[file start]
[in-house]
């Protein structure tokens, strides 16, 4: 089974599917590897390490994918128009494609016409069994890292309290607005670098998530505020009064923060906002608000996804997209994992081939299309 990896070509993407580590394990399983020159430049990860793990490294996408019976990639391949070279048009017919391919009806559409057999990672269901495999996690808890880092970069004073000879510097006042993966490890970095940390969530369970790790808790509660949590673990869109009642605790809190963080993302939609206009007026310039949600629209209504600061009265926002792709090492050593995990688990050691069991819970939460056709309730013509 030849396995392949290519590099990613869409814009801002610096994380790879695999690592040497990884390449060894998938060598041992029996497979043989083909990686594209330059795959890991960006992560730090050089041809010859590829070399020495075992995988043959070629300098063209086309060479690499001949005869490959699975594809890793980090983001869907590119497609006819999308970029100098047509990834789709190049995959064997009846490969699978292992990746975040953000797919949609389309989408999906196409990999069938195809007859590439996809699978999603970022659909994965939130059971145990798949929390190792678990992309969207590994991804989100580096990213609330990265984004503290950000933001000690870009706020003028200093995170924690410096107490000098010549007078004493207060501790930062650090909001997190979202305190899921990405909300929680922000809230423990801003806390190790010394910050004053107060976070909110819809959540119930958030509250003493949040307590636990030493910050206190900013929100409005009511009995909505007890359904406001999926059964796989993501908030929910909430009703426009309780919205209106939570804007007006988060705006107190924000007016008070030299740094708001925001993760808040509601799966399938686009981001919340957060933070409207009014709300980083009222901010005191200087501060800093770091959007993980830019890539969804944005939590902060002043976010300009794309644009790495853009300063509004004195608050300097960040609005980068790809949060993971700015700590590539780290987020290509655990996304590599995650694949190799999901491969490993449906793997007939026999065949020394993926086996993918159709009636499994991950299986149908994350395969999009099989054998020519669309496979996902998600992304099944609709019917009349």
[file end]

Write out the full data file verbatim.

[in-house]
């Protein structure tokens, strides 16, 4: 089974599917590897390490994918128009494609016409069994890292309290607005670098998530505020009064923060906002608000996804997209994992081939299309 990896070509993407580590394990399983020159430049990860793990490294996408019976990639391949070279048009017919391919009806559409057999990672269901495999996690808890880092970069004073000879510097006042993966490890970095940390969530369970790790808790509660949590673990869109009642605790809190963080993302939609206009007026310039949600629209209504600061009265926002792709090492050593995990688990050691069991819970939460056709309730013509 030849396995392949290519590099990613869409814009801002610096994380790879695999690592040497990884390449060894998938060598041992029996497979043989083909990686594209330059795959890991960006992560730090050089041809010859590829070399020495075992995988043959070629300098063209086309060479690499001949005869490959699975594809890793980090983001869907590119497609006819999308970029100098047509990834789709190049995959064997009846490969699978292992990746975040953000797919949609389309989408999906196409990999069938195809007859590439996809699978999603970022659909994965939130059971145990798949929390190792678990992309969207590994991804989100580096990213609330990265984004503290950000933001000690870009706020003028200093995170924690410096107490000098010549007078004493207060501790930062650090909001997190979202305190899921990405909300929680922000809230423990801003806390190790010394910050004053107060976070909110819809959540119930958030509250003493949040307590636990030493910050206190900013929100409005009511009995909505007890359904406001999926059964796989993501908030929910909430009703426009309780919205209106939570804007007006988060705006107190924000007016008070030299740094708001925001993760808040509601799966399938686009981001919340957060933070409207009014709300980083009222901010005191200087501060800093770091959007993980830019890539969804944005939590902060002043976010300009794309644009790495853009300063509004004195608050300097960040609005980068790809949060993971700015700590590539780290987020290509655990996304590599995650694949190799999901491969490993449906793997007939026999065949020394993926086996993918159709009636499994991950299986149908994350395969999009099989054998020519669309496979996902998600992304099944609709019917009349």